Wakefield, Sox draw first blood
Division leaders are held in check
The Red Sox have searched for solutions to each primary problem that surfaced during the early portion of their season: the rise of the Blue Jays; an abundance of errors from their shortstops; and, most pressing, the decline of David Ortiz. The closest thing to a panacea they've found was the salve they used last night. Simply wait for Tim Wakefield's turn in the rotation.
In the Sox' first game of the year against the division-leading Blue Jays, Wakefield dominated for eight efficient innings to lift them to a 2-1 victory at Fenway Park before 37,830, his team-best fifth victory.
However, the same challenges face the Red Sox: The Blue Jays remain in first; Julio Lugo made a throwing error; and Ortiz, in his return to the third spot in the batting order, went 0 for 3 with two strikeouts.
For one night, a 42-year-old knuckleballer made those issues irrelevant. Wakefield has pitched his best this year when the Sox needed him most. Last night, with the Sox coming off a 2-4 road trip, qualified. Wakefield allowed only five hits and served as his own bridge to Jonathan Papelbon, who pitched a perfect ninth and slammed the door on his 11th save in 11 chances.
"It seems like he has responded to some times when things aren't going perfect," manager Terry Francona said.
In his second start this season, Wakefield nearly threw a no-hitter, the night after the bullpen worked 10 innings. While the other four starters have largely scuffled, Wakefield has complied a 3.59 ERA.
"I guess I've just been that guy," Wakefield said. "It's not like I'm trying harder. Knowing the situation, I'm just going out there, and my job as a starter is to go deep in a game and keep us in the game as long as possible. Tonight was one of those nights where I had very good stuff."
The Sox offense, again, got no lift from Ortiz. He received an ovation before each of his four plate appearances, the crowd saving its loudest cheers for his final at-bat. With Dustin Pedroia on first, Ortiz walked to the plate as Fenway shook from the crowd's chants of "Pa-pi! Pa-pi!"
"Before that at-bat, all of us were like, 'This is the at-bat. This is the one,' " Jason Bay said.
The movie-script moment ended with a groan. B.J. Ryan struck out Ortiz, who walked back to the dugout pained as ever, his homerless streak reaching 133 at-bats for the season, his slump growing to 1 for his last 17.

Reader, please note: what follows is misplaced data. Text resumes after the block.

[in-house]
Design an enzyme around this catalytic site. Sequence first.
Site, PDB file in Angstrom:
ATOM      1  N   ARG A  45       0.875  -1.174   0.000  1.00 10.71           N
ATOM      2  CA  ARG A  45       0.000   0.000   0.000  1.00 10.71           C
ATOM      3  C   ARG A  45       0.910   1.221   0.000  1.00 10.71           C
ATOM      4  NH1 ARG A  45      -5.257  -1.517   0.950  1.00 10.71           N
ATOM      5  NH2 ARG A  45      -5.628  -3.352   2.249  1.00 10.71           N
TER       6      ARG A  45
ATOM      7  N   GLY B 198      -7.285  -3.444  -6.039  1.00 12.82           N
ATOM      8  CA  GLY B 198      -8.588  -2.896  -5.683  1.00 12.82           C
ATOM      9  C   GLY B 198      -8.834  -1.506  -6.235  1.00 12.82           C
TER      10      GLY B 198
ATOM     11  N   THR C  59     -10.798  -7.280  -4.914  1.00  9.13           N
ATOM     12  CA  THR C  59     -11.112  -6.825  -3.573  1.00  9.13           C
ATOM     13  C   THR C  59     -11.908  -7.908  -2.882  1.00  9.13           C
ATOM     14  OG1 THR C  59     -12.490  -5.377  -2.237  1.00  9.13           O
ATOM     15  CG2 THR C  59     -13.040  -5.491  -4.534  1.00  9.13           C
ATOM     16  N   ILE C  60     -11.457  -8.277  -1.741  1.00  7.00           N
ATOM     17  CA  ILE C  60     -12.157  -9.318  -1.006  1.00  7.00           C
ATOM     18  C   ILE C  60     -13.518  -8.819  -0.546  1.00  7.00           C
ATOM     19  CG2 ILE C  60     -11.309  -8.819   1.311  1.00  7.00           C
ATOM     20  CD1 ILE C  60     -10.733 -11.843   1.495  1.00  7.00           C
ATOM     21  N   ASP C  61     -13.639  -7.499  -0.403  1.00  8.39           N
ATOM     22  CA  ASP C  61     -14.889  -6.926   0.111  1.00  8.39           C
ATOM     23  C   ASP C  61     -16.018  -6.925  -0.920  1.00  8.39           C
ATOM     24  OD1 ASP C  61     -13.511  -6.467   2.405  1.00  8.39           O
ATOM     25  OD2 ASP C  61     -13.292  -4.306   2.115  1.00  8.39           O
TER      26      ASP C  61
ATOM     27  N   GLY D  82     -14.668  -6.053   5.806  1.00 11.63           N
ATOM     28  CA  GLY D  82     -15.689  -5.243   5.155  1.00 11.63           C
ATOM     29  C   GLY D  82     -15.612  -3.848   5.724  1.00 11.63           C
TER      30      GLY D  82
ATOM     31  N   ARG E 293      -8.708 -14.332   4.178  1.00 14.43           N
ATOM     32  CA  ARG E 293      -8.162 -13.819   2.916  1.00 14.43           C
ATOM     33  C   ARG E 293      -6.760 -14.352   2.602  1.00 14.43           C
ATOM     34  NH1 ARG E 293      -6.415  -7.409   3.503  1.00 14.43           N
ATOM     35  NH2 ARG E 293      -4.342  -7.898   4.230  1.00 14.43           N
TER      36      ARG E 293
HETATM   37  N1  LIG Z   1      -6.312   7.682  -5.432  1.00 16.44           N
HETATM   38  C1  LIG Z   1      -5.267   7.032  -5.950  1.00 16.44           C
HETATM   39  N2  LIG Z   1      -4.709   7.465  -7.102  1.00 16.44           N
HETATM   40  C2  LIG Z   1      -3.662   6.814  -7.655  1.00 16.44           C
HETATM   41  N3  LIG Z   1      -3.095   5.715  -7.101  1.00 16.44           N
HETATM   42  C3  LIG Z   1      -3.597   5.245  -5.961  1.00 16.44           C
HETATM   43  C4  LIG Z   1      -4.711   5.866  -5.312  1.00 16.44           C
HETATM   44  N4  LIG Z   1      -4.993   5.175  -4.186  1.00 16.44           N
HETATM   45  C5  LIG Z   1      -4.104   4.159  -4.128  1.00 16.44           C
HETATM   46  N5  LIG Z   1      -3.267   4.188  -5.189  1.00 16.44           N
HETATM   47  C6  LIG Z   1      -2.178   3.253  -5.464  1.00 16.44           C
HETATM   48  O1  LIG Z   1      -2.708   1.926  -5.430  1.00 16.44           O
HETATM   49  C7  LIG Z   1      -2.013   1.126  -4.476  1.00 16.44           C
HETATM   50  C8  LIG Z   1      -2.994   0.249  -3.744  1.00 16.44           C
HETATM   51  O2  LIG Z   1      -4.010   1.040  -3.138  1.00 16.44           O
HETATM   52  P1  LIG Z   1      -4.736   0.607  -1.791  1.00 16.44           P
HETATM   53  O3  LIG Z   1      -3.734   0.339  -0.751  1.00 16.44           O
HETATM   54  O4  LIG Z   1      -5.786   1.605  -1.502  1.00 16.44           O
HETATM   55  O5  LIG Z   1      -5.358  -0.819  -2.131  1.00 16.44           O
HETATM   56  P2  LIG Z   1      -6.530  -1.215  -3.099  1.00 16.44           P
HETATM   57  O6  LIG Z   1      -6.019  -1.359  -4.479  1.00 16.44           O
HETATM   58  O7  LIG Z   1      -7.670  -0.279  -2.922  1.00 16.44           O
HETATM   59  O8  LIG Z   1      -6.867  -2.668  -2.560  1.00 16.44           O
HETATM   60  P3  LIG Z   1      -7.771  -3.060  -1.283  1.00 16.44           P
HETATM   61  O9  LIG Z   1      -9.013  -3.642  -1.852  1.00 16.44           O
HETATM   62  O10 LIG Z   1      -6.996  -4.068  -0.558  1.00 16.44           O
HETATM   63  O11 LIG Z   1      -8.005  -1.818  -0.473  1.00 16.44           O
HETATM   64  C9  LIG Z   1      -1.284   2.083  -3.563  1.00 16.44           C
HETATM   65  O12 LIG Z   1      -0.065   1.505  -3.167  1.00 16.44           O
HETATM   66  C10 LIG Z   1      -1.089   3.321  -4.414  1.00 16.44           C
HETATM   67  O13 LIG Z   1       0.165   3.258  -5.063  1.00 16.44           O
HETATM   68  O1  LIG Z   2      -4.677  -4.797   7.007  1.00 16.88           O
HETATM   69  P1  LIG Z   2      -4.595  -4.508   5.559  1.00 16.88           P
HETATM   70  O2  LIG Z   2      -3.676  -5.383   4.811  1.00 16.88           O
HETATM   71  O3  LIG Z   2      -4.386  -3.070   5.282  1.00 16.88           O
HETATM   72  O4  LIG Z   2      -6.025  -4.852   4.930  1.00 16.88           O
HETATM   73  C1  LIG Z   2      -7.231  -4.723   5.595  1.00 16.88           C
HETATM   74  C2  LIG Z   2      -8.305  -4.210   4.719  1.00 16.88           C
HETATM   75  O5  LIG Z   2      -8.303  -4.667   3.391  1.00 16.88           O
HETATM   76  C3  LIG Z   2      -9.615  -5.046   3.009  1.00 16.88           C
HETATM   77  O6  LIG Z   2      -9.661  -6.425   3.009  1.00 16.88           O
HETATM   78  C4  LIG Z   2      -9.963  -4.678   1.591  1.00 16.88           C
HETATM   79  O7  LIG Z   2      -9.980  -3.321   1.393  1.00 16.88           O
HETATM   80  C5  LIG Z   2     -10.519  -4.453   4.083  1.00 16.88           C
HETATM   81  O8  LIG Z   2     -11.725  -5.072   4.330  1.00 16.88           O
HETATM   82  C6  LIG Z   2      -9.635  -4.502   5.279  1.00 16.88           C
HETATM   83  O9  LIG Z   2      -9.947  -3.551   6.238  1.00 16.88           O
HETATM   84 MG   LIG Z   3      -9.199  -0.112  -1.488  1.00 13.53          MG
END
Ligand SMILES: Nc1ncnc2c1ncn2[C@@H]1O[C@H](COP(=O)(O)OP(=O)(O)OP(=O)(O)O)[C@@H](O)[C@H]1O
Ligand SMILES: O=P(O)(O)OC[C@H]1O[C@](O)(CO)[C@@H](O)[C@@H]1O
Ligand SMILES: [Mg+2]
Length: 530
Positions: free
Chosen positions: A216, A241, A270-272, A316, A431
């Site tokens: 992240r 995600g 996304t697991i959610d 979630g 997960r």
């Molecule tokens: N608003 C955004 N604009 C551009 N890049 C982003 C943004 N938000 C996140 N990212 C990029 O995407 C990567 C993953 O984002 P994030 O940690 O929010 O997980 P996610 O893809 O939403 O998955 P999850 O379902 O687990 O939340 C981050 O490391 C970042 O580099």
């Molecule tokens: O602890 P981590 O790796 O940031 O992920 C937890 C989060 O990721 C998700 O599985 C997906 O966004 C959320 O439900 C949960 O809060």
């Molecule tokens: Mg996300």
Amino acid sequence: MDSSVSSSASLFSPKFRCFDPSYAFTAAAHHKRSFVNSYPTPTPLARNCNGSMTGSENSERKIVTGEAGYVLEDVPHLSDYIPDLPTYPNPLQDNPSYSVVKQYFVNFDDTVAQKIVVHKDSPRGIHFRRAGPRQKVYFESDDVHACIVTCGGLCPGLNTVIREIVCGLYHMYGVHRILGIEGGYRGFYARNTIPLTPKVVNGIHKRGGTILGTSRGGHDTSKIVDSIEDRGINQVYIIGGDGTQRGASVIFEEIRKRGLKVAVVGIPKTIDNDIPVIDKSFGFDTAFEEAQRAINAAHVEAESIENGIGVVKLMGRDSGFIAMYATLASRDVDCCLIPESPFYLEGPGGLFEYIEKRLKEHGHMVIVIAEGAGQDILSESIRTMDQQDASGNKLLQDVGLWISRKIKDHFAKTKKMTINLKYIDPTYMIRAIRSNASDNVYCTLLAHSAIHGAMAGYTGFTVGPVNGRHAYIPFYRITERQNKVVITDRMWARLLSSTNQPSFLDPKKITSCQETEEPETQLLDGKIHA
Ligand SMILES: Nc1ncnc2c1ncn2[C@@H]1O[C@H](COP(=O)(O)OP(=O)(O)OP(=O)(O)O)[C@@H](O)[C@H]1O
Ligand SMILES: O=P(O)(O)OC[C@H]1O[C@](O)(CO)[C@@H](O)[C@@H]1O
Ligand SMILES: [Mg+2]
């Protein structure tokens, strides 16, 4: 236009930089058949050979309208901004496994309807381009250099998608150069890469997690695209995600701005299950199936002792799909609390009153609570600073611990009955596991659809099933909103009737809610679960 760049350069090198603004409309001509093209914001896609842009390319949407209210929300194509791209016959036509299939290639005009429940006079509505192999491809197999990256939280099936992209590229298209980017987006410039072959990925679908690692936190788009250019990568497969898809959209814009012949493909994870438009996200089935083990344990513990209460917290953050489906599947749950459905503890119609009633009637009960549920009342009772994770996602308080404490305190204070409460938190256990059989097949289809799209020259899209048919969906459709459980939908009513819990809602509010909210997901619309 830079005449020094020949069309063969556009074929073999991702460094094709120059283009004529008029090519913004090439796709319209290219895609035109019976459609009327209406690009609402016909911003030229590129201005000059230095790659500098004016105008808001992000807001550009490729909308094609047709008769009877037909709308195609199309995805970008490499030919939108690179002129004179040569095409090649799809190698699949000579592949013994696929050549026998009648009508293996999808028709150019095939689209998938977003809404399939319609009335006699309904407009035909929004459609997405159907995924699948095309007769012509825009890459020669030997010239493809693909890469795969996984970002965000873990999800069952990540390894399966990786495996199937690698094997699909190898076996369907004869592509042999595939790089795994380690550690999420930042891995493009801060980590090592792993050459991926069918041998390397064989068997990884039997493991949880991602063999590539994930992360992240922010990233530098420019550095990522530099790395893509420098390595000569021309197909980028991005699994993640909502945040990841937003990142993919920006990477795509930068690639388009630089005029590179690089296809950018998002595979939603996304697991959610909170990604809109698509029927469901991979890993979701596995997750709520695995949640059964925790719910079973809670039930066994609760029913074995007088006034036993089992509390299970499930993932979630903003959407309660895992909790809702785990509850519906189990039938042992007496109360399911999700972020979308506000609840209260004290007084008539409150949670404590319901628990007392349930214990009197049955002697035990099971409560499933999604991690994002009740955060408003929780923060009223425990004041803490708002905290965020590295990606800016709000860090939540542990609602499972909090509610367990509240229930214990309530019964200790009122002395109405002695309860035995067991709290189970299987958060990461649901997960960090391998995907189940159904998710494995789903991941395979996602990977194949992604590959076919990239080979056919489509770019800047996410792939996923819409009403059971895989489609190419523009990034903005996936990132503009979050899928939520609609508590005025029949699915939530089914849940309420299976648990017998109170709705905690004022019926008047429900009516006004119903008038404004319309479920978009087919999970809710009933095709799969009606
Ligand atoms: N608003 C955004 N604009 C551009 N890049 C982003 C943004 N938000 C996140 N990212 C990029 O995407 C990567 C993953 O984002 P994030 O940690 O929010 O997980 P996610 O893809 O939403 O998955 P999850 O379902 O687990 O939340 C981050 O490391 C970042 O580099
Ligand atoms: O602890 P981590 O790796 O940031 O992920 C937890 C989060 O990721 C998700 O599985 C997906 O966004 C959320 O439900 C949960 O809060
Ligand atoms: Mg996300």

But Wakefield made Ortiz's slump a problem for another day. In his last start, he allowed the Angels 11 hits in 4 2/3 innings, taking his second loss of the season. He noticed intricate flaws with his mechanics, which led to improper location.
In one side session, Wakefield snuffed out the culprits. Last night's results immediately reassured him. He is at his best when opposing teams pop the ball up. The Blue Jays popped out eight times to the infield, three handled by catcher George Kottaras.
There should have been a ninth. With one out and a man on second in the eighth, Aaron Hill skied to very shallow right. Bailey and Pedroia each floated toward the ball, but neither made a move before it fell to the grass. With two on and one out, the Sox up a run and two relievers warming, Francona left Wakefield in. Wakefield felt thankful.
Alex Rios and Vernon Wells each flied softly to left.
"Everybody's got that one stopper on their staff," Bay said. "Right now, we've been searching around for that one guy, and Wake's been it for us.
"He's been that guy, when the bullpen's needed a rest, he's gone eight innings. When we've needed a win, he's gone out there and put up zeros. He's been that consistent guy."
The Red Sox cobbled only a pair of runs for the second straight game. Mike Lowell led off the second with a single, and J.D. Drew followed with a walk. With one out, Jeff Bailey walked to the plate.
Bailey became essential when Kevin Youkilis was placed on the 15-day disabled list last week. For the first time in his 12-year professional career, Bailey could walk into a major league clubhouse and expect to see his name on a lineup card. But Youkilis will be activated today. While Bailey will remain in the majors, he'll lose his starting spot.
"Yeah, I knew," Bailey said. "But you don't let that affect you."
At the plate with two strikes, Bailey saw Lowell creeping off second as Brian Tallet stood on the mound. Watching video alone, Lowell had noticed that Tallet "no-looks" with runners who typically don't steal bases on second - he comes to set and pitches without checking the runner. Lowell saw his moment, and he bolted.
Bailey noticed, and ripped a single to left. Lowell sprinted home, scoring a run he wouldn't have if not for the tip he noticed. Kottaras followed with a fly ball to left, which allowed Drew to scamper home.
After that, Tallet shut down the Sox. He retired 12 of the final 13 batters he faced, exiting after six innings and 102 pitches.
But he also exited trailing, 2-1, because Wakefield's knuckleballs mystified the Blue Jays - aside from the first pitch of the fifth inning, which Kevin Millar walloped for a home run into the Green Monster seats.
Francona considering sending Wakefield out for the ninth, but he couldn't resist the raw power of Papelbon serving as a diabolical complement to Wakefield's fluttering pitchers. Wakefield didn't mind.
"Complete games don't mean that much to me," Wakefield said. "Winning ballgames means more."